So now’s the time to talk about climate change and the fires? Sounds good. Let’s go!
Let’s start with this harsh little truth: Tony Abbott was right about climate change. And you’re about to agree with him. But not in the way you might think.
You see, contrary to what has been repeated at least a billion times, the former PM (and long-time volunteer firefighter – remember when he was mocked for fighting the fires as PM? Ah, good time) didn’t actually say “climate change was crap”.
What he actually said was “The climate change argument is absolute crap“. Big, big difference. And is there anyone in Australia who would disagree after the ridiculous to-and-fro we’ve endured since the fires started two months ago (no matter where you stand on the issue?)
Unfortunately, the crap arguments have come from some unfortunate places such as the retired fire chiefs who have risen to prominence again in recent weeks and enjoyed their time in the sun just a little too much. Which isn’t to suggest that all they’ve said has been lamentable. Some has been essential. Let’s start there.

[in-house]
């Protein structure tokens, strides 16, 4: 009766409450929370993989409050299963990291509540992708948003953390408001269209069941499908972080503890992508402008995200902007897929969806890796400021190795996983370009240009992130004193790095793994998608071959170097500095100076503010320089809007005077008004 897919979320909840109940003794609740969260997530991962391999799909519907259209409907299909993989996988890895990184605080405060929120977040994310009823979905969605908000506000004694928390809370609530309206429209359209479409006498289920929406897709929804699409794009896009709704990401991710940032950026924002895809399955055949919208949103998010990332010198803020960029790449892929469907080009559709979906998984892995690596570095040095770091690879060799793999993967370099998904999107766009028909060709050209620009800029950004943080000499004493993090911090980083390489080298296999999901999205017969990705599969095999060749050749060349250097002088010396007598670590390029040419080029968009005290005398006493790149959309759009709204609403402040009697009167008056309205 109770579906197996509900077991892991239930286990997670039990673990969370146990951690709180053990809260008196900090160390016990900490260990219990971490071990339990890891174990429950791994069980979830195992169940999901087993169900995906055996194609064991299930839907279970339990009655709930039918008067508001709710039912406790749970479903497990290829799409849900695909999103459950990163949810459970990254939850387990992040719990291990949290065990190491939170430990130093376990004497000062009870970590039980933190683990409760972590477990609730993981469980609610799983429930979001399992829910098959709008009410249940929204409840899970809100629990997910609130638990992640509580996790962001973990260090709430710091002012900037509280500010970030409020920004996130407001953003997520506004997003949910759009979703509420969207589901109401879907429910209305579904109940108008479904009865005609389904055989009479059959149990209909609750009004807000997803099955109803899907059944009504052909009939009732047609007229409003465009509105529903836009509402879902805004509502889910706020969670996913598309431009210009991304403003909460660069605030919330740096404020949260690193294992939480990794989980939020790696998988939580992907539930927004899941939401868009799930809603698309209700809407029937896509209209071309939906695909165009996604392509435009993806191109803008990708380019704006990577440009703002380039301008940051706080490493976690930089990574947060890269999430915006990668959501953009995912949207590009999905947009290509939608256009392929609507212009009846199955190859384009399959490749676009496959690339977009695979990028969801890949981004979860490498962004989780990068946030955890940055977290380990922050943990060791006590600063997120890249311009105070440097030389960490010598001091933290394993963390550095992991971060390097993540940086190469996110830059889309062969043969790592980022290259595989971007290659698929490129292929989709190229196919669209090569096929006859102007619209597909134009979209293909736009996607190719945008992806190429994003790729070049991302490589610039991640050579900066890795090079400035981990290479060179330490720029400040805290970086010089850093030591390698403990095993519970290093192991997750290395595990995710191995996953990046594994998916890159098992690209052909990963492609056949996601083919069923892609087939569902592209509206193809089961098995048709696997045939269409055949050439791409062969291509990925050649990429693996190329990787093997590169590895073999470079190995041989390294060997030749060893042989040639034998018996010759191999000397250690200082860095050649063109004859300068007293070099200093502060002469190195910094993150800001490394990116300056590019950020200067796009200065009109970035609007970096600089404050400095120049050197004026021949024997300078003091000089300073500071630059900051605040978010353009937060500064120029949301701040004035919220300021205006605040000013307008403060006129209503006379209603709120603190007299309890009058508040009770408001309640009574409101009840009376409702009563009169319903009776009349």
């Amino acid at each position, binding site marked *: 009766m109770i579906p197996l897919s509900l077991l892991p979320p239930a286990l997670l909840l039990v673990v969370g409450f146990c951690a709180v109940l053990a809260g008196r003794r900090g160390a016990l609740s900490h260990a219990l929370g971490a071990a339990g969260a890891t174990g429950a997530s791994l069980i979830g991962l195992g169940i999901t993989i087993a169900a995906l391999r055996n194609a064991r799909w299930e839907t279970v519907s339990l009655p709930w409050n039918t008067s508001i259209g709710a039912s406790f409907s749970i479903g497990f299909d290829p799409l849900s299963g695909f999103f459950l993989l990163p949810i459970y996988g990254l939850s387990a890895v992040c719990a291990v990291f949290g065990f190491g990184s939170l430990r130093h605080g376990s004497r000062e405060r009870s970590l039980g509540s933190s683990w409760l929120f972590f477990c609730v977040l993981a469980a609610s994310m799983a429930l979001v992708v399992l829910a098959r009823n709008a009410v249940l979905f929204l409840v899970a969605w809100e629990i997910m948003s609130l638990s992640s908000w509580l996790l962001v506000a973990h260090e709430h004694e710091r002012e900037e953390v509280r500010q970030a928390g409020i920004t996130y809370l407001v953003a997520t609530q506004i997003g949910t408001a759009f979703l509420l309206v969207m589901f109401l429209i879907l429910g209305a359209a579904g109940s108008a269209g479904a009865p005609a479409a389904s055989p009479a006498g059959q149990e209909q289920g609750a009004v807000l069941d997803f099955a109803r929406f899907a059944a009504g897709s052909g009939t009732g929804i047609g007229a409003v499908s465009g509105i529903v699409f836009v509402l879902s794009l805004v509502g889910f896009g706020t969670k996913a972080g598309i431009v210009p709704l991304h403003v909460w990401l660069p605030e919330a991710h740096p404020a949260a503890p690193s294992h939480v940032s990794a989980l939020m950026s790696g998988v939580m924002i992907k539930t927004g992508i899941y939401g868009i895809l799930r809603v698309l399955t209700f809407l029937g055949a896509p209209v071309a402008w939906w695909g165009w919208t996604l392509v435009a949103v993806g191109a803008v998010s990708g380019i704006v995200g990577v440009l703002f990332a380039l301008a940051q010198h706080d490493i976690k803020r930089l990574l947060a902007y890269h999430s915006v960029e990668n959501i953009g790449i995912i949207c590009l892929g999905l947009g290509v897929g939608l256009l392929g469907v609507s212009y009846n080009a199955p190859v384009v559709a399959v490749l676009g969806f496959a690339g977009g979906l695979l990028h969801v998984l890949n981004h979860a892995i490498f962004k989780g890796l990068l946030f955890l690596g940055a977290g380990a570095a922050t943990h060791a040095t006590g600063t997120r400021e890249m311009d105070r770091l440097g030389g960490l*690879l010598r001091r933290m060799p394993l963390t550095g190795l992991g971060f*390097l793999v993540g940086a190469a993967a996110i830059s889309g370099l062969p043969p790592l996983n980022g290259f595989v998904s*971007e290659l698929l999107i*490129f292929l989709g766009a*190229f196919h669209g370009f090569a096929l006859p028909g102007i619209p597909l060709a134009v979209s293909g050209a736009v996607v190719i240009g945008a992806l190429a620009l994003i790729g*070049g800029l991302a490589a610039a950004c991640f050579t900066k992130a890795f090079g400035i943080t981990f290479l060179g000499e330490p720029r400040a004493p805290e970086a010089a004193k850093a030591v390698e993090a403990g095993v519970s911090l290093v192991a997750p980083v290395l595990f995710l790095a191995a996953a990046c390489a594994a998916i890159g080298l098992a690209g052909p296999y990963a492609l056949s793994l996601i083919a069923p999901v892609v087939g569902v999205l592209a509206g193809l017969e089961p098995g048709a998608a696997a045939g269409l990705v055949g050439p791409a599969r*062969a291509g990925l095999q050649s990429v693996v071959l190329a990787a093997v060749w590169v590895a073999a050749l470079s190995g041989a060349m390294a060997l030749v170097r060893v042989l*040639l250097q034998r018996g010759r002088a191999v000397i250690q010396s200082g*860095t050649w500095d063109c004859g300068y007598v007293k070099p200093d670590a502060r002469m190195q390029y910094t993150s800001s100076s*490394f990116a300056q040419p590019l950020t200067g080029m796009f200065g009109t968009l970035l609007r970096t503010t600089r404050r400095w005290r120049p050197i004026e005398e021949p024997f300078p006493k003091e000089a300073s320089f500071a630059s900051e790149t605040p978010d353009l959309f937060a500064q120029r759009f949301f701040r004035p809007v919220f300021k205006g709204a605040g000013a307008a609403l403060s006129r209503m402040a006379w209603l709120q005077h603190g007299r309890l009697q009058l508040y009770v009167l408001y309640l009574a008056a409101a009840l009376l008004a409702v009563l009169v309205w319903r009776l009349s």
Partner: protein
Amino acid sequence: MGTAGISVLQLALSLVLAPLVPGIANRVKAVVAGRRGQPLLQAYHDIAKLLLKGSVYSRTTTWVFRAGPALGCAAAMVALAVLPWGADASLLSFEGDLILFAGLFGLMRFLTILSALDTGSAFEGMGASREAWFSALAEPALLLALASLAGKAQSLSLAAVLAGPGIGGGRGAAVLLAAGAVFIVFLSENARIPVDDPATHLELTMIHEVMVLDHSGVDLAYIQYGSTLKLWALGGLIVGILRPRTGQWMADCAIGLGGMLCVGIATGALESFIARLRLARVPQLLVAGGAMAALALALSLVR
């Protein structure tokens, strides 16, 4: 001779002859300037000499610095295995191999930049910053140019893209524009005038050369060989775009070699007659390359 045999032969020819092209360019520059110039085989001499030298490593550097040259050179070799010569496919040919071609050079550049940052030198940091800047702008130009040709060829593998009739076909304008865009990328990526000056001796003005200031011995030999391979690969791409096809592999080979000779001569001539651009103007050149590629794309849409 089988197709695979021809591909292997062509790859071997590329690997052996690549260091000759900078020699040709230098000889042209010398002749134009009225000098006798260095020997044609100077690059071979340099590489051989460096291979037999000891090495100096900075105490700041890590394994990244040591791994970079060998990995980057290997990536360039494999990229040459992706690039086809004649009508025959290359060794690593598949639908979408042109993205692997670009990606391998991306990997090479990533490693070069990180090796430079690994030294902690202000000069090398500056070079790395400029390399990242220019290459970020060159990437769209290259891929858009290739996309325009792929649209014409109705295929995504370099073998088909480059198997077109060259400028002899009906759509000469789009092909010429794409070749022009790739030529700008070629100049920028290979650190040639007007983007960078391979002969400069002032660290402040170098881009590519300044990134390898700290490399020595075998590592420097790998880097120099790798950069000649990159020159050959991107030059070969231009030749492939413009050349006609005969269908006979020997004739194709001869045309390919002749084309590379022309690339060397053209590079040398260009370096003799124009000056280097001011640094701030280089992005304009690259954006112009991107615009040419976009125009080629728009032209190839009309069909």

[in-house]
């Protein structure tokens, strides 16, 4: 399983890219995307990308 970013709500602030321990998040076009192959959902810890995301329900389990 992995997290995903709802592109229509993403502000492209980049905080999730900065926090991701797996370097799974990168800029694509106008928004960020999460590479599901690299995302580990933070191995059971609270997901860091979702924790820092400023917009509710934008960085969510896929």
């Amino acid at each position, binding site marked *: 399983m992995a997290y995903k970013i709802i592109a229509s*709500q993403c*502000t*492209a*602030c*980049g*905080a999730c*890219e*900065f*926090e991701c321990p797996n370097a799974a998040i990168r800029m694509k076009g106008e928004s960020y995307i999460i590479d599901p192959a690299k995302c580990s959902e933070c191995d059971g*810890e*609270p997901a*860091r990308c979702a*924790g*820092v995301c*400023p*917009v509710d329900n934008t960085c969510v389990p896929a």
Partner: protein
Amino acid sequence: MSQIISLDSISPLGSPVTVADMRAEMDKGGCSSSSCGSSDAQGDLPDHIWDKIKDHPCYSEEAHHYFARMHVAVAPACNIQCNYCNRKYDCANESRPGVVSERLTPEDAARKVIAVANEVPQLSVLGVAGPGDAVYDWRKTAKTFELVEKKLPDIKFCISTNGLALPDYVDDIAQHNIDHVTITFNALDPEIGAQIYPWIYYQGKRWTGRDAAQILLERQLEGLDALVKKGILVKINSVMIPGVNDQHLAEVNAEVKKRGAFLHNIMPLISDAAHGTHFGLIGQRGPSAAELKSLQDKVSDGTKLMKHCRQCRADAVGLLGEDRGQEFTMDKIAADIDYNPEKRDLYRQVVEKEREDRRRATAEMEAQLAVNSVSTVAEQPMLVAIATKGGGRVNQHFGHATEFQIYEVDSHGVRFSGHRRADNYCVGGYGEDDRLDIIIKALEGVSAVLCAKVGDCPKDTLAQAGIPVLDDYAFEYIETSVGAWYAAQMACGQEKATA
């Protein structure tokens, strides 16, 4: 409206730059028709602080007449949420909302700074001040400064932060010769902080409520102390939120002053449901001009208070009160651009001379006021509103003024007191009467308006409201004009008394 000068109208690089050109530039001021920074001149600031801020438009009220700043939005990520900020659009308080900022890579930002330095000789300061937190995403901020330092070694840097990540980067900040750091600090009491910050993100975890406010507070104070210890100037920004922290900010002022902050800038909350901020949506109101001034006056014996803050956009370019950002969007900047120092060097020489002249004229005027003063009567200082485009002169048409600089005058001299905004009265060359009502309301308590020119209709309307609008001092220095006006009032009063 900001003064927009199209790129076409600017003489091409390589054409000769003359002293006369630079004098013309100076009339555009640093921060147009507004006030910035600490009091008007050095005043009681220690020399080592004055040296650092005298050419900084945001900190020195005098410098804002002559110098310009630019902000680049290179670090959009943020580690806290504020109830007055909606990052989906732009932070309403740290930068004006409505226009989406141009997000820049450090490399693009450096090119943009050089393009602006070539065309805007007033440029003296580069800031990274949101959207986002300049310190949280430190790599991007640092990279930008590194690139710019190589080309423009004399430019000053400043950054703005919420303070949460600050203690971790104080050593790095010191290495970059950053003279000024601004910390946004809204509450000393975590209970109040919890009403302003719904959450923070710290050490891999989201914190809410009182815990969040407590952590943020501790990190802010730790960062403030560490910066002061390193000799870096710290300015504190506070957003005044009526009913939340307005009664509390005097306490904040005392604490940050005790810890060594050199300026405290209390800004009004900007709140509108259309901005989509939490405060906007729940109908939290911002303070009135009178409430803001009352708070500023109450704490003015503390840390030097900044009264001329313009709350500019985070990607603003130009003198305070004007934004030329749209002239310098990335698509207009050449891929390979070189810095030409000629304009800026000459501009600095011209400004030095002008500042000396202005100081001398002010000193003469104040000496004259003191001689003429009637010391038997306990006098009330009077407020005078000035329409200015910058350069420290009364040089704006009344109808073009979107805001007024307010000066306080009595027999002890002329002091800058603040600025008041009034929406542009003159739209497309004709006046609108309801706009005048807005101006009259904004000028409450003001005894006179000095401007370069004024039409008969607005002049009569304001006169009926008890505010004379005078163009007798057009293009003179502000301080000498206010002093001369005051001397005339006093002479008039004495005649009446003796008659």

In a crisis, we turn to experts. As the average person knows nothing about how to fight a fire (tactics or resourcing), it is right that we listen to our fire chiefs, especially the retired ones as they aren’t restrained by fears of unemployment or fealty to politicians.
So when they say volunteers need more resources, they should be listened to.
But the ex-chiefs should also know that a call for more resources such as “large firefighting aircraft” in April (when the fires traditionally start eight or so months later) was absurd.